Turkish President Recep Tayyip Erdogan has provoked a diplomatic crisis with Europe as he campaigns overseas to whip up support among expatriate Turks for a controversial constitutional referendum to expand the powers of his office. The referendum is being held on 16 April; it seeks to modernize Turkey’s current constitution, which was drawn up after the military coup of 1980 on the orders of Turkey’s once-omnipotent military. The race has become increasingly tight for modern Turkey’s mightiest politician, who inspires reverence on one half of Turkey’s political spectrum and intense hatred on the other.

The latest confrontation with Europe comes after two of the president’s ministers were prevented from addressing rallies in Holland out of fear of importing Turkey’s political divisions into the Turkish minority community. The choleric and highly nationalist President Erdogan, who still resents the slowness with which many EU states responded to the attempted coup against his government last summer, seized the opportunity to spark a politically convenient row with those European states who banned the rallies. The incendiary rhetoric used by the Turkish president is likely by design, as it will help to mobilize his base when Turks go to the polls next month.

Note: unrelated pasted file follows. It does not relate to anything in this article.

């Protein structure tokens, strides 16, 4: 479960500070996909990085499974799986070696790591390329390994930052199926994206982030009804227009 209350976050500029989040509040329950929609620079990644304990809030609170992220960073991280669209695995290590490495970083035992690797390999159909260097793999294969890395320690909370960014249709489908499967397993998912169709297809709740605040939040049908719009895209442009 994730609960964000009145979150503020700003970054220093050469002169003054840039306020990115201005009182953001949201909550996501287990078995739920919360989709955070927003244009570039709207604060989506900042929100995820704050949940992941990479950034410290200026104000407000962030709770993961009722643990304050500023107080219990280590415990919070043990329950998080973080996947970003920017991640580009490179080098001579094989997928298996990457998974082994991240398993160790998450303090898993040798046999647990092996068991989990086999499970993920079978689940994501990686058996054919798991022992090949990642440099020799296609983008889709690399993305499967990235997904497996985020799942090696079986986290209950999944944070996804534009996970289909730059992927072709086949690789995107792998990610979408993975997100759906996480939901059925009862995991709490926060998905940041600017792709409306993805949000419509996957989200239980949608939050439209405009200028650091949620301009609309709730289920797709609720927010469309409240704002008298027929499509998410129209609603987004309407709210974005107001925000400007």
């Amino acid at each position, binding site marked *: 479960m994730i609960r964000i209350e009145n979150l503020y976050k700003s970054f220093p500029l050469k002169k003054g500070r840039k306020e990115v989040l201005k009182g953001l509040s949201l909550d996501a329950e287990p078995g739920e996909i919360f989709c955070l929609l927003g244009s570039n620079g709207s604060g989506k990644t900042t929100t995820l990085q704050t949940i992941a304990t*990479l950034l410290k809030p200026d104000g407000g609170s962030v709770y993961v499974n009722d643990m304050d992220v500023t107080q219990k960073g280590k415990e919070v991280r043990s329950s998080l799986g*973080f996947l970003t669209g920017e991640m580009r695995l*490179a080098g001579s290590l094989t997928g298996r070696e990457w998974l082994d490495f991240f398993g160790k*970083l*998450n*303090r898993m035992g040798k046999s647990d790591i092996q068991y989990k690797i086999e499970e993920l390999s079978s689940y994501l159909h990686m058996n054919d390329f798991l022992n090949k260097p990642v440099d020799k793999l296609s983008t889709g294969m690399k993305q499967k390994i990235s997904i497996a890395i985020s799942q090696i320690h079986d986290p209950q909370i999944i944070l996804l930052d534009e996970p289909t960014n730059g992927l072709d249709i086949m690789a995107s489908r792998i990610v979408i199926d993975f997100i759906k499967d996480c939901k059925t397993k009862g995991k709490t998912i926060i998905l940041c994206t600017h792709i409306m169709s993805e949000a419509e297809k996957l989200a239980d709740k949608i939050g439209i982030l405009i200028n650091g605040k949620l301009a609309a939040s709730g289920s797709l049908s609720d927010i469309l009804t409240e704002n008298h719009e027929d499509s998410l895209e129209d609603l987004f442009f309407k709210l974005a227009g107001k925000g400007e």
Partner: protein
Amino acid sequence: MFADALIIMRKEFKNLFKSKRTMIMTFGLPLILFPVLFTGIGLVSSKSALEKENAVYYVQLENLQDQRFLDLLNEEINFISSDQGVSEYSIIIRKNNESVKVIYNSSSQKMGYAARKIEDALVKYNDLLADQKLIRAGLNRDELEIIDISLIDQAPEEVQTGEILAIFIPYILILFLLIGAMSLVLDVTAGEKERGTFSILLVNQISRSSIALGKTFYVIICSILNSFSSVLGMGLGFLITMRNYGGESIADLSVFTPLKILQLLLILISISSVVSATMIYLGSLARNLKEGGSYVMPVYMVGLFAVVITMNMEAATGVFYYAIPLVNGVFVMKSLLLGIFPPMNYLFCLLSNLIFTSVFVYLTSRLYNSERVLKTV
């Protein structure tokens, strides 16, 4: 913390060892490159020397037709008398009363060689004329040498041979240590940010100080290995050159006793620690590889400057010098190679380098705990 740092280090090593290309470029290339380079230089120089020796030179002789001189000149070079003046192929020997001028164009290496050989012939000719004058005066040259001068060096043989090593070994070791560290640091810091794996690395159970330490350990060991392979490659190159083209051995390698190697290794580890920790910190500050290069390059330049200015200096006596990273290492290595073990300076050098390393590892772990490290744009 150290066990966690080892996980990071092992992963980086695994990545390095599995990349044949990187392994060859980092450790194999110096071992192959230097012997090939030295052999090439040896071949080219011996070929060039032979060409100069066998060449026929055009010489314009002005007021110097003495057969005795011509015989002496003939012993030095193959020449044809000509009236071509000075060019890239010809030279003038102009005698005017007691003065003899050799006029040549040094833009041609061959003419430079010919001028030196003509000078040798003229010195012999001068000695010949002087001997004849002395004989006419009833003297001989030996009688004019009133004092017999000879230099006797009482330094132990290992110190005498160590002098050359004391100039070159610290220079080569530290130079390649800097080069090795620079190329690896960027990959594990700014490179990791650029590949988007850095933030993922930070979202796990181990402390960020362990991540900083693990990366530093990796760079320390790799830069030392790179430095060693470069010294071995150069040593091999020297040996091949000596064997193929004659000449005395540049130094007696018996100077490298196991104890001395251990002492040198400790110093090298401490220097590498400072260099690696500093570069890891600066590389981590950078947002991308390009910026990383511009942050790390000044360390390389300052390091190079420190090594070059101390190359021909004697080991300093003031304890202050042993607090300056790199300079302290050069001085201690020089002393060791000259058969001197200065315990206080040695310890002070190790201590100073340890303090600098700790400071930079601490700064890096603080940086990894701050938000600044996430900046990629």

A dictator in the making? President Erdogan is accused by his many enemies at home and abroad of seeking dictatorial powers in Turkey. His holding the constitutional referendum under the state of emergency left over from last year’s attempted coup has left many uneasy, as has the purge of all opposition to the president in public life – another consequence of the 2016 coup attempt. The opposition claims the president and his AKP party are conflating opposition to the planned constitutional changes with support for terrorism and/or coup plotters within the military and political establishment. Meanwhile academics, lawmakers, activists, and journalists who are critical of the president have been thrown in prison or otherwise harassed.